I've always wanted to write about some of the fundamental ideas in neuroscience in a people-friendly way. The problem is, it always seemed to be way too daunting to explain such fundamental ideas in any reasonably short blog entry, given all the history behind the idea and the recent debates over it. Well, nothing screams challenge than to do exactly that for a bunch of high school students, with a hard limit of ONE PAGE. Yes, I am, once again, shamelessly pasting homework assignments onto the blog, but this one I'm rather happy with. Plus, it's in the spirit of the World Series, even though I literally watched my first full inning of baseball when the Jays lost in game 6.
This is a summary of a paper published a few years ago, which I thought was excellent science. Plus, it's a step forward for one of the fundamental ideas in neuroscience: information coding. I originally wanted to expand the version I had for the high schoolers, add some details here and there, and post it as a modified version. But god knows 1) I'm lazy and 2) I'll probably add 2 pages worth of stuff to this 1 page summary. Alas, here it is. Do let me know if it speaks to your inner high school self. I don't know if the paper is open access now, but it's linked at the bottom.
It’s Game 7 of the World Series, and your whole school (in Kansas) is packed into the gym watching a tiny TV. The problem is, so many people are standing in front of you that you can’t see anymore, but you still want to know what’s happening: what can you do? We all know that people lose all ability to speak coherently in the heat of the game, so you can’t ask someone to describe the events, but you CAN observe how intensely people are cheering around you, and the reaction of the room in general: quiet crowd, no runs; room explodes, someone probably scored. Your problem, as a scientist, is to guess the events on TV based solely on people’s responses, but you can only pay attention to so much. Then, is it more informative to listen for your friends immediately around you, since you know when and how they usually respond? Or is it better to listen to the room as a whole? This is exactly the question these neuroscientists are trying to answer – only, for the brain.
One of the fundamental assumptions we make in neuroscience is that events that occur in the world around us are reflected in brain activity. For example, to ‘hear’ your favorite song, your brain must process the sounds and identify it. How the brain does this is not 100% clear yet, but what we do know is that neurons – the fundamental information processing cells in the brain – respond to stimuli by changing when and how fast they ‘fire’ action potentials. Imagine if each of the 80 billion neurons in your brain is a tiny person, and the only way they can respond (as far as we know) is by shouting ‘YAY!’ When it sees something it likes, it gets excited and shouts ‘YAY YAY YAY’; otherwise, it stays silent. For a long time now, we’ve known that individual neurons respond to their preferred stimulus (sound, image, etc.) by changing the rate of their response, analogous to how fast it’s shouting (firing rate). Then, if we were to record the activity of a neuron - let’s call it Ned - as it responds to a sound, we’d be able to see how much of the sound corresponds to Ned’s activity, via “mutual information”. Essentially, mutual information quantifies how successfully we could guess the sound by observing Ned’s response. In our baseball example, Ned (from New York) cheering shares high mutual information with the Mets scoring a run. Similarly, the aggregate response of many neurons (like our crowd), called local field potential, could also be informative, even though we lose the individuals’ identities. These are all ways your brain can “code” information, so which is the most informative?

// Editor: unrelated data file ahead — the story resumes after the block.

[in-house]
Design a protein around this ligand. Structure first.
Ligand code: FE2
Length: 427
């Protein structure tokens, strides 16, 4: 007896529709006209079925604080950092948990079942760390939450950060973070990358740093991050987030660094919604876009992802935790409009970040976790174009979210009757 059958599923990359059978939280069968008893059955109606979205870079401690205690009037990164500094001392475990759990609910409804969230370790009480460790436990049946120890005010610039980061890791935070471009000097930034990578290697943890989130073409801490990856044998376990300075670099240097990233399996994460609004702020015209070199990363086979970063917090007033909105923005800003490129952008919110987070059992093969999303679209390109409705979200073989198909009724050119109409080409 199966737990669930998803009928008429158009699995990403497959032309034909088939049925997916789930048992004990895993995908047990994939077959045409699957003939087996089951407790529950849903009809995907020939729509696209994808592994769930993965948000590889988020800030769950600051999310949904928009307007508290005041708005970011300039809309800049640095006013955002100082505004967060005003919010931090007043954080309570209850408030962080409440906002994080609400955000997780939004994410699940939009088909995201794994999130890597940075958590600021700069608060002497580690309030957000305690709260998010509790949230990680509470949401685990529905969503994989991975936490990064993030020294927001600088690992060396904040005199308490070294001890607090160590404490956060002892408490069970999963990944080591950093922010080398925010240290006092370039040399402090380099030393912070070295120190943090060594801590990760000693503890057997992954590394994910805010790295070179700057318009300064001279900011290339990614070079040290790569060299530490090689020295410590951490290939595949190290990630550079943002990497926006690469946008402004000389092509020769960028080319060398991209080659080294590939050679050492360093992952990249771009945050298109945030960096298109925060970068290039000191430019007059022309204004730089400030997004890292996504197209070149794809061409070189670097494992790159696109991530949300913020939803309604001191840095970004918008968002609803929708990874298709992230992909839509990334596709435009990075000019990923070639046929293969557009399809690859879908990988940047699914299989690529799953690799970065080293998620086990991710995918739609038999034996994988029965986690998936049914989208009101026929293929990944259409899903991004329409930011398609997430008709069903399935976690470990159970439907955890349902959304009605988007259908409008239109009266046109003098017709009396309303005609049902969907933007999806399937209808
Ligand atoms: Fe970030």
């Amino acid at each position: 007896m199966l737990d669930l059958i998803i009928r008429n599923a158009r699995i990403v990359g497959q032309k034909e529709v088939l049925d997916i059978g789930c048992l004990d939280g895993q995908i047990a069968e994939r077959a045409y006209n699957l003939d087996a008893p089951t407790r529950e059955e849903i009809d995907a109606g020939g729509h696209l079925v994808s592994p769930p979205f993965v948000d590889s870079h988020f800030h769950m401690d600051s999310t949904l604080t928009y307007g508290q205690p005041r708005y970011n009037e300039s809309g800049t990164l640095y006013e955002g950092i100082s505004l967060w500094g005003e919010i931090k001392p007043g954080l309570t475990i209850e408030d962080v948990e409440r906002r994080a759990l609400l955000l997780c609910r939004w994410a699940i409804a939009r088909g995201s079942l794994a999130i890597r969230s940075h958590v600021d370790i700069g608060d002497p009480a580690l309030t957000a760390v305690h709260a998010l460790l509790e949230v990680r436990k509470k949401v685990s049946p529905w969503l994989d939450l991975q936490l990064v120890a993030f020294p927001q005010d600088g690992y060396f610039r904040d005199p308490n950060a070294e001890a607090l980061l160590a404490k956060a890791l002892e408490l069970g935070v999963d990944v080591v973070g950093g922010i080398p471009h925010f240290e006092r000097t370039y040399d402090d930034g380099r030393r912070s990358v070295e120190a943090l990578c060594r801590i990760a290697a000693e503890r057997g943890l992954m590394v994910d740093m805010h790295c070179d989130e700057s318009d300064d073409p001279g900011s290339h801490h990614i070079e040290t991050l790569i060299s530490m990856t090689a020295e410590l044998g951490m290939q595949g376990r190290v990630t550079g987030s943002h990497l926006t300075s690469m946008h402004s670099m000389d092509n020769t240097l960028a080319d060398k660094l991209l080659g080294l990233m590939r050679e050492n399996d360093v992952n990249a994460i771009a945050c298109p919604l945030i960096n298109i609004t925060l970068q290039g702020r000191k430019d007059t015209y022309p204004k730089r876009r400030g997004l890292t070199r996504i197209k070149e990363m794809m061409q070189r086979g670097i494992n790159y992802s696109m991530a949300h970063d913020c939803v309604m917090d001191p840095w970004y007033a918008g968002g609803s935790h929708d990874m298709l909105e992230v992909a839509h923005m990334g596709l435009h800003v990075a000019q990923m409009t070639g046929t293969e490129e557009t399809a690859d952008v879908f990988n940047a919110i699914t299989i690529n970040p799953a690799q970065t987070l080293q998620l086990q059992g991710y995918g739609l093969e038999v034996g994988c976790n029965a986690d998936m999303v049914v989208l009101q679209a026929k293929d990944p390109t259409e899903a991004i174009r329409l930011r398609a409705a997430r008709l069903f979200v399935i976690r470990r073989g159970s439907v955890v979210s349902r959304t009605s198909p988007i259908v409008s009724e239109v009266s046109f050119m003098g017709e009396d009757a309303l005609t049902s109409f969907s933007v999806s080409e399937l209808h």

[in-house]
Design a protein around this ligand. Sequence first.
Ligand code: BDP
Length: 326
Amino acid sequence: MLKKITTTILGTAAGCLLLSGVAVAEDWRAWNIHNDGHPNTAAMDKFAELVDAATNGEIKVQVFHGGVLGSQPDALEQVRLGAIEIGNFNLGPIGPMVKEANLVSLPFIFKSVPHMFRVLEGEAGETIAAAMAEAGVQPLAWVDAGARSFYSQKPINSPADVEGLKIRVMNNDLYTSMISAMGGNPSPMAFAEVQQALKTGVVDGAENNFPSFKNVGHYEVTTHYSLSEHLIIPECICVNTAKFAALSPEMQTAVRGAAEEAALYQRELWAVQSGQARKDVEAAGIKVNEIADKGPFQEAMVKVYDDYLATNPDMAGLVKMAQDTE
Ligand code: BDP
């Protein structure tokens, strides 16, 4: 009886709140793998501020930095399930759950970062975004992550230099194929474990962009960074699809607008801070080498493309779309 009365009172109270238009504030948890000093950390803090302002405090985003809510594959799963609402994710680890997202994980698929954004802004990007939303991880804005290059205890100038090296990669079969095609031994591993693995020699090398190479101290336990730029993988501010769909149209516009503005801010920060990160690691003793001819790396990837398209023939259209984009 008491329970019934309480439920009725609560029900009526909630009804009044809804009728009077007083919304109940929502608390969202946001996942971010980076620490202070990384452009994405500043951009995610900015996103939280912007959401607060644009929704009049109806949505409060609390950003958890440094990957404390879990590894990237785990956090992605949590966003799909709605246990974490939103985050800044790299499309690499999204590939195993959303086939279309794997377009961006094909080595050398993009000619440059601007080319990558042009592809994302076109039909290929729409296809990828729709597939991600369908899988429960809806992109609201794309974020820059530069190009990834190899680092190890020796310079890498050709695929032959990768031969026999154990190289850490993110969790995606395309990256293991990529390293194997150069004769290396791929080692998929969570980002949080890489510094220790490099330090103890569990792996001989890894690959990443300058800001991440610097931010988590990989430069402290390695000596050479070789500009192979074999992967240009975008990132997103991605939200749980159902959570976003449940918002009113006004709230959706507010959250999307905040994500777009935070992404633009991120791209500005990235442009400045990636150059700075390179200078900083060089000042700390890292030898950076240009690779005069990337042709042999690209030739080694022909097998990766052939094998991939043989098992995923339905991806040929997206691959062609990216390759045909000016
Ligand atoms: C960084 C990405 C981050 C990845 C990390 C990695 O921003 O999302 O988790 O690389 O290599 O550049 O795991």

In this paper, the authors answer this question by playing sounds to a monkey, and measuring the mutual information between various sounds and the monkey’s brain response – both from individual neurons and the local field potential. Historically, neuroscientists have been fixated on the firing rate of individual neurons, but this study shows that other “codes” could be much more informative and reliable, especially in combination, such as the timing relationship between several different neurons’ response, as well as the relative timing of action potentials with respective to the local field. Intuitively, hearing Ned cheer could mean one of many things – the Mets pitching a strike, getting on base, or scoring a run. But hearing the room cheering and immediately groaning followed by Ned shouting excitedly probably means that the Royals almost hit it out the park, only to be caught by the Mets outfield leaping off the fence to make the catch. This is a really exciting result because it shows that the brain works as a whole, such that combinations of responses give us the most information about what we observe around us, and it opens up new ways for neuroscientists to accurately decode information in the brain, taking us a step closer to understanding how it all works.
Source: Kayser et al. 2009. Neuron.